Loss of hearing present at birth or loss that may develop later but is due to genetic causes or other influences that affected the fetus while it was in utero (in the womb).
The distinction between congenital and acquired deafness specifies only the time that the deafness appears. It does not specify whether the cause of the deafness is genetic (inherited).
Congenital deafness may or may not be genetic. For example, it may be associated with a white forelock and different colored eyes, caused by a genetic disease called Waardenburg syndrome. Congenital deafness may also be due to something such as the rubella virus to which the mother was exposed during pregnancy.
Acquired deafness may or may not be genetic. For example, it may be a manifestation of a delayed-onset form of genetic deafness. Or acquired deafness may be due to damage to the ear from noise.
- Congenital deafness and retinitis pigmentosa
Congenital deafness and retinitis pigmentosa: (Also called Usher syndrome.) A genetic disorder characterized by hearing impairment and an eye disorder called retinitis pigmentosa in which vision worsens over time. Some people with Usher syndrome also have balance problems. It is the most common disease that compromises both hearing and vision. More than half of all […]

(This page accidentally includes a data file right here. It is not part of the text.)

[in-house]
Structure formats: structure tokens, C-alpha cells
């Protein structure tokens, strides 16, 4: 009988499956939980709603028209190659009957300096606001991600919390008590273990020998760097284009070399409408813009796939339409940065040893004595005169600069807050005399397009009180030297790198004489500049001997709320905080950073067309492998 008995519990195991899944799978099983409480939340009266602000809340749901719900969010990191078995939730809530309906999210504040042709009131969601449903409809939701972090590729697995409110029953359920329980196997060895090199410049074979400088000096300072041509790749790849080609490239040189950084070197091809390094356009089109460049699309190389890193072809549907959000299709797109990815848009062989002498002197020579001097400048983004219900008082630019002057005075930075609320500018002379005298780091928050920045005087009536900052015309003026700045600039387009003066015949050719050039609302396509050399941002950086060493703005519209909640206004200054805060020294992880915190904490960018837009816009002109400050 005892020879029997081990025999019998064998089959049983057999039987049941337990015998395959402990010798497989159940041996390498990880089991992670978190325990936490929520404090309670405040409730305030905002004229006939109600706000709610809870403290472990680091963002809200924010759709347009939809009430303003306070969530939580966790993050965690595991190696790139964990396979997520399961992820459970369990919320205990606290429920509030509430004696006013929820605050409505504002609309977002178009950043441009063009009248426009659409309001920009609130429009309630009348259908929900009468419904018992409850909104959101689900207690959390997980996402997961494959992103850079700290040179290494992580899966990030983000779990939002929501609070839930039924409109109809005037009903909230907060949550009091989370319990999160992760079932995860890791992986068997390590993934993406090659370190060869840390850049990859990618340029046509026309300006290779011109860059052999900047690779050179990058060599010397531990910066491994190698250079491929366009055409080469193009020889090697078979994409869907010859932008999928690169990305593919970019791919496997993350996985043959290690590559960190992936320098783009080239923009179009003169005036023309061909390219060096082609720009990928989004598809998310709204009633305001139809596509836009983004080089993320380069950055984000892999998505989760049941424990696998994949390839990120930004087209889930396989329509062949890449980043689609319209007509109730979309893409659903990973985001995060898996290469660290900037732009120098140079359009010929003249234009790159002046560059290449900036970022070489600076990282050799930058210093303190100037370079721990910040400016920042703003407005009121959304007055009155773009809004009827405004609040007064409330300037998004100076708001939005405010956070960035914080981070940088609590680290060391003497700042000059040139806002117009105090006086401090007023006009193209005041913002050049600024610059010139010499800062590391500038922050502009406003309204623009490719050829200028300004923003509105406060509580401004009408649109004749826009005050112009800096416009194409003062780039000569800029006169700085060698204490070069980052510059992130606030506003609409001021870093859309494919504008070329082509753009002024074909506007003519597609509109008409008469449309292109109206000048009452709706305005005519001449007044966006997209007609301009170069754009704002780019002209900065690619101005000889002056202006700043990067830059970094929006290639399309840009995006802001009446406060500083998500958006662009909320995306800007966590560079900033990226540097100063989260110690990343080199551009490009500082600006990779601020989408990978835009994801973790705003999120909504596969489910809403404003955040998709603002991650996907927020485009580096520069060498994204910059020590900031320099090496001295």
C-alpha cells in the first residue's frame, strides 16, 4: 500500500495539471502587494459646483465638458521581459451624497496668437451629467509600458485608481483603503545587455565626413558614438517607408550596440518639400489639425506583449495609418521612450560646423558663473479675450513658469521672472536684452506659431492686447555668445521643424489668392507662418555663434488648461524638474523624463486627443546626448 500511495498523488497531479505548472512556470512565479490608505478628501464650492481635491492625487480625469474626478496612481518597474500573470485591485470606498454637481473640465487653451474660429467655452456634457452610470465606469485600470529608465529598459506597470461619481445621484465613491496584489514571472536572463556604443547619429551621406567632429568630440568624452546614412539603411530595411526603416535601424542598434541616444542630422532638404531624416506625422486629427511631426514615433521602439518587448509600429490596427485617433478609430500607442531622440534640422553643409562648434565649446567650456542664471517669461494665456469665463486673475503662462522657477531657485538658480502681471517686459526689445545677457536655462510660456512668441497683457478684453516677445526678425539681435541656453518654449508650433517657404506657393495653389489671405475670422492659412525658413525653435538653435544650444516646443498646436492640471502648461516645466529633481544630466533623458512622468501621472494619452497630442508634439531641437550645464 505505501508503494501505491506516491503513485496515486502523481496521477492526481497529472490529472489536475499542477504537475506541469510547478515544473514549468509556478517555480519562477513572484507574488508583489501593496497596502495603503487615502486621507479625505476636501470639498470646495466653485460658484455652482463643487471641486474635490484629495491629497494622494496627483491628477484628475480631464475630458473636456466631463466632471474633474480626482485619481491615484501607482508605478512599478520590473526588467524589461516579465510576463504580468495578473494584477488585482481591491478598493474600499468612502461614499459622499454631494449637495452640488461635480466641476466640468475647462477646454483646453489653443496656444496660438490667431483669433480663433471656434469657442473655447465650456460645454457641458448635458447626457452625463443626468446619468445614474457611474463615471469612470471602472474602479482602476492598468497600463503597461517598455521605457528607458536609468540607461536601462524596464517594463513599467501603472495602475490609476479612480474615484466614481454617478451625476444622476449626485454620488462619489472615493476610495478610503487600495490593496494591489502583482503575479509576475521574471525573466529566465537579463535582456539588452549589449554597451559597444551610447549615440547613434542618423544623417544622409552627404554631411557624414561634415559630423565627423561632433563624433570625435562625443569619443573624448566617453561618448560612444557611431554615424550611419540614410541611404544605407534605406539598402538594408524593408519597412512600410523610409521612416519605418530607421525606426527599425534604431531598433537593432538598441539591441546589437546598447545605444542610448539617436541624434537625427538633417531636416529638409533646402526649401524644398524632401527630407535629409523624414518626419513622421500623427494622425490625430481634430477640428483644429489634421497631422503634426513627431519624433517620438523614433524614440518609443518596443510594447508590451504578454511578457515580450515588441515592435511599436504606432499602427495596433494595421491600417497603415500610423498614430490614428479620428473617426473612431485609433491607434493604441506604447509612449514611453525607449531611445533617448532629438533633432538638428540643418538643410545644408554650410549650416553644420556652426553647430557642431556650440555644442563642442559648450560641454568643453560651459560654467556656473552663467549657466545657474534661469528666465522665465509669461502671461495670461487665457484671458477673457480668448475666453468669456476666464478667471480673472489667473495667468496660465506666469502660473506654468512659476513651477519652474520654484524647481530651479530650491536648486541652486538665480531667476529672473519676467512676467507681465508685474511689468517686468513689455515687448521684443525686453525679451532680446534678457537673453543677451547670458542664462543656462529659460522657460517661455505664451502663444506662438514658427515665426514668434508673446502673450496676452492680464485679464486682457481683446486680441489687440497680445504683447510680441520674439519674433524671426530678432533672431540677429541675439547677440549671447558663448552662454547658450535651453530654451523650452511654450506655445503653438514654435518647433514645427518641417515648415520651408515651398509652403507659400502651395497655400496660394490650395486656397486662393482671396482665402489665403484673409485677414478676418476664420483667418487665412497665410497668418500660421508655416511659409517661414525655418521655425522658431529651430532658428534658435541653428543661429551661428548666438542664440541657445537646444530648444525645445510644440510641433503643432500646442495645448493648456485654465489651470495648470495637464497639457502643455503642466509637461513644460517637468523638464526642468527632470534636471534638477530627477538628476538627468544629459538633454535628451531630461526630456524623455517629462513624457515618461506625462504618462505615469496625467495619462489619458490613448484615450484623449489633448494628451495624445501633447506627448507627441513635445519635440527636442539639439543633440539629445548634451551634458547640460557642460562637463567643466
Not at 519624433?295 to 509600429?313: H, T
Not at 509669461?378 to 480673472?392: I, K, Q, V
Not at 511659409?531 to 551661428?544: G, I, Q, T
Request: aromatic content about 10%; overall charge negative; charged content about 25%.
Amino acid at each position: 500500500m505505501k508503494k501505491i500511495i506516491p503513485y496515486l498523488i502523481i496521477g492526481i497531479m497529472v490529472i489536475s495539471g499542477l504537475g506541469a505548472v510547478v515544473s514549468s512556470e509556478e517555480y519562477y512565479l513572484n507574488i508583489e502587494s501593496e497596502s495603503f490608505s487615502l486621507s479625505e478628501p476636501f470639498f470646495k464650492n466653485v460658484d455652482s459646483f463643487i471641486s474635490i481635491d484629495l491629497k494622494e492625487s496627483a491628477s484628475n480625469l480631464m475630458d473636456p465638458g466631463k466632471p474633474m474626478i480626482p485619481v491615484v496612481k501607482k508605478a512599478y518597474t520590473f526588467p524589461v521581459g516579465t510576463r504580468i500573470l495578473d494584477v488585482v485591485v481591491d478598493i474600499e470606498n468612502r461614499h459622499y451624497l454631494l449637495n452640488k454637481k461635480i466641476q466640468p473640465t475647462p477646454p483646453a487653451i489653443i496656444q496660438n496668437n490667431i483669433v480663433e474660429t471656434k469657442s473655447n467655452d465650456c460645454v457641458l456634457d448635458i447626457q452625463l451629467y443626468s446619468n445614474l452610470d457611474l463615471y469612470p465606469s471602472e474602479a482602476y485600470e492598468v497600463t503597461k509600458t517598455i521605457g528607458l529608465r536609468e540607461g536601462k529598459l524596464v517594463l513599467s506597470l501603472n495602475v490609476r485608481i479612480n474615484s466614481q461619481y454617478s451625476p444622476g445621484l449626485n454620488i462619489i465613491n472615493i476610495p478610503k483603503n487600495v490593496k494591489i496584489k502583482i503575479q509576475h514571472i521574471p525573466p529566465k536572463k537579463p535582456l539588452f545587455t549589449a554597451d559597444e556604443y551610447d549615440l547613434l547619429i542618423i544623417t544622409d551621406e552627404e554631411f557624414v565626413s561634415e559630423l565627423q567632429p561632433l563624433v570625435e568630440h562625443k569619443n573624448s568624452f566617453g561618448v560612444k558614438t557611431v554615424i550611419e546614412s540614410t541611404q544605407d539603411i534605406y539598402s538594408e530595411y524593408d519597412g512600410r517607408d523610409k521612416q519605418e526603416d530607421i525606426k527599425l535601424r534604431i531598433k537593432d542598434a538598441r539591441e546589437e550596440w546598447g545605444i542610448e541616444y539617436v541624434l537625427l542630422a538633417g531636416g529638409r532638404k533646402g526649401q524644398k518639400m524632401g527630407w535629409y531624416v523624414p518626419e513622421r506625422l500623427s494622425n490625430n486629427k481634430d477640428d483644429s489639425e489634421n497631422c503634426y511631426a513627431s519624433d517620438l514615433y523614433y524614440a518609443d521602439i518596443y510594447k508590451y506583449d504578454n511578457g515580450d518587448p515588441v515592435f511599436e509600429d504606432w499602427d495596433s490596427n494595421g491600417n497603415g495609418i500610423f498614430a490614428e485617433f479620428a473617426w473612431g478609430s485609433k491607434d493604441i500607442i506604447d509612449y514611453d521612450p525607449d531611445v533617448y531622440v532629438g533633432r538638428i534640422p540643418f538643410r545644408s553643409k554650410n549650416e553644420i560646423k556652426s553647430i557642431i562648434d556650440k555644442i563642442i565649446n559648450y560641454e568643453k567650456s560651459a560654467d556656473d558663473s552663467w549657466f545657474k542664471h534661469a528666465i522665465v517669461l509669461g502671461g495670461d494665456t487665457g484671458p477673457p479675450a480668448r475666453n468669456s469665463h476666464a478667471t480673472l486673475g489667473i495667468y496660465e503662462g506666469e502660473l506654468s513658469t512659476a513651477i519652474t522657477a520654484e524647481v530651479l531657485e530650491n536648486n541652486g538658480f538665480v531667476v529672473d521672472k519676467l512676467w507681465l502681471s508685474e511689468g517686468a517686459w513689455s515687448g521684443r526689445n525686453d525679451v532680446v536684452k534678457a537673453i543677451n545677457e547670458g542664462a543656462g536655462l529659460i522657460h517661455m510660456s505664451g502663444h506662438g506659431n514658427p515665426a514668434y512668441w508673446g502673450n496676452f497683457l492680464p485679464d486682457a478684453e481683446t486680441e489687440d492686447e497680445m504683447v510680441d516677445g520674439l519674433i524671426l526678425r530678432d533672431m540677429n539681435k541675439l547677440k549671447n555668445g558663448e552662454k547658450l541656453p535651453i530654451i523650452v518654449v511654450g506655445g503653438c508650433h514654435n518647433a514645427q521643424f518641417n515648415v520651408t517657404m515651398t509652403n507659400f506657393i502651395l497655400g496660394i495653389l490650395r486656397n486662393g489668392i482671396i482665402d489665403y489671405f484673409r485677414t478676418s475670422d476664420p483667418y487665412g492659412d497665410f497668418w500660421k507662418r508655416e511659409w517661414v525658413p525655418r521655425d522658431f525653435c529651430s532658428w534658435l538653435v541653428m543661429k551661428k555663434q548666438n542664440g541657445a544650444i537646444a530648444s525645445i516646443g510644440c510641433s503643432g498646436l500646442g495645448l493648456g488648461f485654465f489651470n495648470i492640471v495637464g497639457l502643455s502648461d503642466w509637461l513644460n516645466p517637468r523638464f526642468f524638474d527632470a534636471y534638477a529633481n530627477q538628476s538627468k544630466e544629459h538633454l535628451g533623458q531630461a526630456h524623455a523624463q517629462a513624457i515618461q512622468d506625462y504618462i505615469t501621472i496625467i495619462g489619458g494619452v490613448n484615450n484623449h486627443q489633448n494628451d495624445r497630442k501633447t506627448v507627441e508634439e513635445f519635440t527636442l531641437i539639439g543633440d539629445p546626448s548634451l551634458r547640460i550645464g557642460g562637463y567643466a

- Congenital heart disease
A malformation of the heart, aorta, or other large blood vessels that is the most frequent form of major birth defect in newborns. Abbreviated CHD. There are many types of CHD, including atrial septal defect (ASD), ventricular septal defect (VSD), pulmonary (valvular) stenosis, aortic stenosis, coarctation of the aorta, Tetralogy of Fallot, and transposition of […]
- Congenital hemolytic jaundice
Congenital hemolytic jaundice: Known also as hereditary spherocytosis (HS), this is a genetic disorder of the red blood cell membrane clinically characterized by anemia, jaundice (yellowing) and splenomegaly (enlargement of the spleen). In HS the red cells are smaller, rounder, and more fragile than normal. The red cells have a spherical rather than the biconcave-disk […]
- Congenital hip dislocation
Congenital hip dislocation: One of the most common birth defects, characterized by an abnormal formation of the hip joint in which the ball at the top of the thighbone (the head of the femur) is not stable within the socket (acetabulum). The ligaments of the hip joint may also be loose and stretched. The degree […]
- Congenital lymphedema
Congenital lymphedema: A condition present at birth in which excess fluid called lymph collects in tissues and causes swelling (edema) in them. Congenital lymphedema is due to a congenital malformation (that is, a birth defect) of the lymphatic system. Congenital lymphedema can be found associated with the Noonan and Turner syndromes and a number of […]